To remove your name from a property deed in Maryland, convey your interest to the other people listed as owners on the deed. A quit claim deed is fastest and easiest.
Read More: How To Remove a Person From The Deed To a House
TL;DR (Too Long; Didn't Read)
Removing a name from a property deed in Maryland or any other state means that the person being removed has to transfer his interest in the property to other other owners using a deed.
Requirements for Deeds in Maryland
To remove a name from a property deed in Maryland, use any type of deed that is valid and enforceable to convey your interest in the property to the other owners.
For property conveyance deeds to be enforceable in Maryland, they must be in writing, executed and recorded. The person granting the interest must sign the deed and acknowledge the signature before a judge of a court of record, a clerk or deputy clerk of a court, a notary public or a master in chancery. The officer taking the acknowledgement must attach a certificate to the deed.
To record a deed in Maryland, attach a completed Intake Sheet to the deed. You must also pay the transfer tax. Record real estate deeds with the Recorder of Deeds in the Circuit Court in whichever Maryland county the property is located.
Removing a Name from House Deeds
Removing your name or the name of any consenting individual from a property deed in Maryland is a simple matter of filing a quit claim deed. Unlike warranty deeds, quit claim deeds do not make any guarantees about the size or type of interest conveyed. Rather, quit claim deeds convey all of the interest a person has in the property, whether that be a life estate, a 50 percent interest or a 1 percent interest. A quit claim deed also conveys title with any and all encumbrances attached, including mortgages and tax liens.
This limitation makes accepting a quit claim deed risky for someone buying from a stranger. The buyer might think that he is purchasing a larger interest than the grantor is actually conveying. But when you are quitclaiming your interest to other current owners, the transaction does not carry much risk.
Preparing a Quit Claim in Maryland
It's easy enough to draw up a quit claim deed in Maryland, and quit claim deed forms are easy to find online. The trick to preparing a quit claim in Maryland is that quit claim procedures, attachments and formatting vary from county to county in this state.
You can visit the Circuit Court in the county in which the property is located and request a quit claim form. But you can also search for the form on Deeds.com. Enter the name of the county in the search box and get a form and some instructions for proper preparation of the quit claim.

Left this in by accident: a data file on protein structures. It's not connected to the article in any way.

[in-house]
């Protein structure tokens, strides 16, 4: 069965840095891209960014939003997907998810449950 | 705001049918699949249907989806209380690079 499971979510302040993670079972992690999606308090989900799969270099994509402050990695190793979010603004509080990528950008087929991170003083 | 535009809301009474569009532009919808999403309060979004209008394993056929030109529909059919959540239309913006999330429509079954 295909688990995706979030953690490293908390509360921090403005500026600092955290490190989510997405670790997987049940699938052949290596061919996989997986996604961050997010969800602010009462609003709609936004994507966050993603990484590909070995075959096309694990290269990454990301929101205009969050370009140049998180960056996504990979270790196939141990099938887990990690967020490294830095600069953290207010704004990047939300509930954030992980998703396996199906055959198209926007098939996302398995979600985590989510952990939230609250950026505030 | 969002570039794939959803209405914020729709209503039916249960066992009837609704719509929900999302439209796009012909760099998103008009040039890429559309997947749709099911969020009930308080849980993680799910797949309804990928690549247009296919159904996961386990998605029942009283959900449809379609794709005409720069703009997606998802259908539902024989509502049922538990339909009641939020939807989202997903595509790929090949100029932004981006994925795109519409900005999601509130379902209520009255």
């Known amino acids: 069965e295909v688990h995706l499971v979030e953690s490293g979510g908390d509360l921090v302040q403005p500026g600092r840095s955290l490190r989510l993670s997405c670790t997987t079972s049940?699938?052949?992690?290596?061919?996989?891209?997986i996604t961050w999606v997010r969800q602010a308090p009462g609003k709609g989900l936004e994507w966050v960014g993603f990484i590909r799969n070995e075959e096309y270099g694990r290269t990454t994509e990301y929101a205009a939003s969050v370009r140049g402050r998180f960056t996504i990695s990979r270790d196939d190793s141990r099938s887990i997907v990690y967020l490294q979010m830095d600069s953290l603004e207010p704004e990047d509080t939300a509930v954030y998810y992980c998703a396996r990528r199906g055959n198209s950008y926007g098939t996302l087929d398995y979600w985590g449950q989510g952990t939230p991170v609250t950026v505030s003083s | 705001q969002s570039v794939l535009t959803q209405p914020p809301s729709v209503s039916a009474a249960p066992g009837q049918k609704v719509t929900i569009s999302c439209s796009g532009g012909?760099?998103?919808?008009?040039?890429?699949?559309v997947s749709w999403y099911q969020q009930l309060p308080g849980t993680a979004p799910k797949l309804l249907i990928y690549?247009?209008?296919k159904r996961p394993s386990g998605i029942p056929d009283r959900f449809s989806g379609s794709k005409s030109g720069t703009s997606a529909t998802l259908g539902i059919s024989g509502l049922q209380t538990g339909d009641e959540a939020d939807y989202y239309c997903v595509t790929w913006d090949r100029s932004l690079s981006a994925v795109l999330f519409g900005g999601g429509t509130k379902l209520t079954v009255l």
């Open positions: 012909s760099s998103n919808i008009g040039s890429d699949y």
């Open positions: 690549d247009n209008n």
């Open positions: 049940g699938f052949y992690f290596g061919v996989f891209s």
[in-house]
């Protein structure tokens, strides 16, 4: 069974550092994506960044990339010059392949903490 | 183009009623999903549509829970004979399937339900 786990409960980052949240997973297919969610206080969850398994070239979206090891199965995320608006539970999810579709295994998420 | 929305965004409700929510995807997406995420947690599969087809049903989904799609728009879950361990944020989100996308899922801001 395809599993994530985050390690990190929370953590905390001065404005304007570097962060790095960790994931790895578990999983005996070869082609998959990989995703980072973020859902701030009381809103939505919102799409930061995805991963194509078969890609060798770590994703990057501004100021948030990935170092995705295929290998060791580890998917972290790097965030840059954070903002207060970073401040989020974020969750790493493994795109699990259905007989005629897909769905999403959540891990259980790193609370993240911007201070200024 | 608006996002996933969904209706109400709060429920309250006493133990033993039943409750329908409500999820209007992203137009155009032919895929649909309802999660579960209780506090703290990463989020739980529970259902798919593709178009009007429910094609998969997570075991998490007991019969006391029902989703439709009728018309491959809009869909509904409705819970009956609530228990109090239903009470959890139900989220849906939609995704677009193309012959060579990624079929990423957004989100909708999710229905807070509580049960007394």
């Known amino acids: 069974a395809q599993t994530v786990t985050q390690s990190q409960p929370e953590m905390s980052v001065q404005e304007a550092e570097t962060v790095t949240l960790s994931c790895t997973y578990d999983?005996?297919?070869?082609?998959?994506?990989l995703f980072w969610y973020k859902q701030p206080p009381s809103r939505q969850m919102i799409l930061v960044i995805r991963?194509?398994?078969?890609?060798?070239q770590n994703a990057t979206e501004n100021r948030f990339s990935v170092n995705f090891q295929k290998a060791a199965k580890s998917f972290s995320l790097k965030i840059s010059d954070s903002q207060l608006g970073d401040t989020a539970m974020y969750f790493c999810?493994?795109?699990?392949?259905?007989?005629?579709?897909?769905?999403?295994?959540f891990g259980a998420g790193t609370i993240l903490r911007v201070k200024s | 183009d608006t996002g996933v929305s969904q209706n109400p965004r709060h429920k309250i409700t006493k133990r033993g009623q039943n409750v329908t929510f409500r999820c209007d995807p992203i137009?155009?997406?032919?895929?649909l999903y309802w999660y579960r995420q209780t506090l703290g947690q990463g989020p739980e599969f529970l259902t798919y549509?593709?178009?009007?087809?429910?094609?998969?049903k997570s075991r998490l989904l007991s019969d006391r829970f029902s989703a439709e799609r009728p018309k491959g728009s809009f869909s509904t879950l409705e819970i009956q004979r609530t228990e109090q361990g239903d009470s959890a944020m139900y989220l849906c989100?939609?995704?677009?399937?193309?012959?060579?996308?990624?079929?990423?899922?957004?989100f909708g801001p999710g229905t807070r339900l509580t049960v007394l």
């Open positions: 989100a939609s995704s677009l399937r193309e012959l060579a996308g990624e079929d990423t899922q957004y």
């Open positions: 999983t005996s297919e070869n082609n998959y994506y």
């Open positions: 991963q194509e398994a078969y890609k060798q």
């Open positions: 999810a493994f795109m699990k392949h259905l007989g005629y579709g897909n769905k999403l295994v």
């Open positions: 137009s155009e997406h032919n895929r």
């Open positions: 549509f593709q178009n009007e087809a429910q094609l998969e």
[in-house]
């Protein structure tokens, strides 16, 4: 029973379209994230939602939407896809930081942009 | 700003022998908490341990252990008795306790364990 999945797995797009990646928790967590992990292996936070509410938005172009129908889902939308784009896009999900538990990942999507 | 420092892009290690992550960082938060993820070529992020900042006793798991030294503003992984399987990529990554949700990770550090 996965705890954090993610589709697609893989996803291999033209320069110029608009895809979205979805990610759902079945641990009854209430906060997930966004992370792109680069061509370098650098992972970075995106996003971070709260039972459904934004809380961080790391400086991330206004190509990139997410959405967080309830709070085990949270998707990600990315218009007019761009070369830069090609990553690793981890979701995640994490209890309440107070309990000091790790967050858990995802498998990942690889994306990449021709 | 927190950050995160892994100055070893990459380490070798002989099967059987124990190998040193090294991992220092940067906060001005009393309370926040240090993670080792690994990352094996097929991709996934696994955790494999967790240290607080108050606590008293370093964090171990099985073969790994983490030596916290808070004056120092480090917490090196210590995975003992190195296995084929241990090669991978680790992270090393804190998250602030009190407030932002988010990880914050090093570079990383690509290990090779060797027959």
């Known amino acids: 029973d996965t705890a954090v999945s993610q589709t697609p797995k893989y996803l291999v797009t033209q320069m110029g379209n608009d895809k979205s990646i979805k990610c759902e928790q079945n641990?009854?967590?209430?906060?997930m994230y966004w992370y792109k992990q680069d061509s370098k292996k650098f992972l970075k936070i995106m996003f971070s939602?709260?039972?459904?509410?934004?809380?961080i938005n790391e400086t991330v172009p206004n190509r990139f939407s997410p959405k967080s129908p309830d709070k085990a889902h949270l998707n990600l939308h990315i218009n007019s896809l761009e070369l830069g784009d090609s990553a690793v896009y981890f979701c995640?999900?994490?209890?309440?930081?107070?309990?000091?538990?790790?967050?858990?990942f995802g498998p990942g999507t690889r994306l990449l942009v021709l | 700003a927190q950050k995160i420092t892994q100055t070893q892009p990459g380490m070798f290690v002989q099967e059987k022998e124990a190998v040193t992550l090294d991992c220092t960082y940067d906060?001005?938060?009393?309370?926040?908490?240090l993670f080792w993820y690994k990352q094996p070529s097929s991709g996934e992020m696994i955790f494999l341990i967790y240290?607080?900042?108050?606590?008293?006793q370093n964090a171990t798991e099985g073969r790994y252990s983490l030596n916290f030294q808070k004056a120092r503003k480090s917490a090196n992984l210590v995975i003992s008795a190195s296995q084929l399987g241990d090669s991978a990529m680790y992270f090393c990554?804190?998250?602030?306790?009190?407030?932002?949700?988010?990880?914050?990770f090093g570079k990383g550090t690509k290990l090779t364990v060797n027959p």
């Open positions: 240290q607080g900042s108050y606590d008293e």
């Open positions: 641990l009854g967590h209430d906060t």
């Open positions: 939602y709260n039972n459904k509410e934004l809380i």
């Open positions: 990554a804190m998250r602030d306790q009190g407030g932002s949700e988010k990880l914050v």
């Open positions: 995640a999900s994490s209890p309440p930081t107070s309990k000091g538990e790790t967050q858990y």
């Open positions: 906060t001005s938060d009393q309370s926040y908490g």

Before you go through the trouble, look up the recorded deed to be sure your name is on the deed and confirm the other owners to whom you will transfer your interest. You can do this online at Public Searches Maryland Land Records and Deeds Search. The website lists the counties alphabetically, then provides a search engine for deeds in that county. If it happens that your county doesn't have a searchable database, call the office or visit it in person to request the deed.
Read More: How to Make a Free Quitclaim Deed
- Public Searches: About Land Records and Deeds in Maryland
- Maryland Courts: Records
- Law Office of Stephen Reichart: How to Remove Someone from a Property Deed in Maryland
- Deeds.com: Maryland
- Legal Beagle How to Make a Free Quitclaim Deed
- Legal Beagle: How To Remove a Person From The Deed To a House
- Legal Beagle: Differences Between a Warranty Deed & a Special Warranty Deed
- Legal Beagle: How to Establish a Life Estate
- To prepare a quitclaim deed on your own, you can purchase kits online, which range in price.
Teo Spengler earned a J.D. from U.C. Berkeley's Boalt Hall. As an Assistant Attorney General in Juneau, she practiced before the Alaska Supreme Court and the U.S. Supreme Court before opening a plaintiff's personal injury practice in San Francisco. She holds both an M.A. and an M.F.A in creative writing and enjoys writing legal blogs and articles. Her work has appeared in numerous online publications including USA Today, Legal Zoom, eHow Business, Livestrong, SF Gate, Go Banking Rates, Arizona Central, Houston Chronicle, Navy Federal Credit Union, Pearson, Quicken.com, TurboTax.com, and numerous attorney websites. Spengler splits her time between the French Basque Country and Northern California.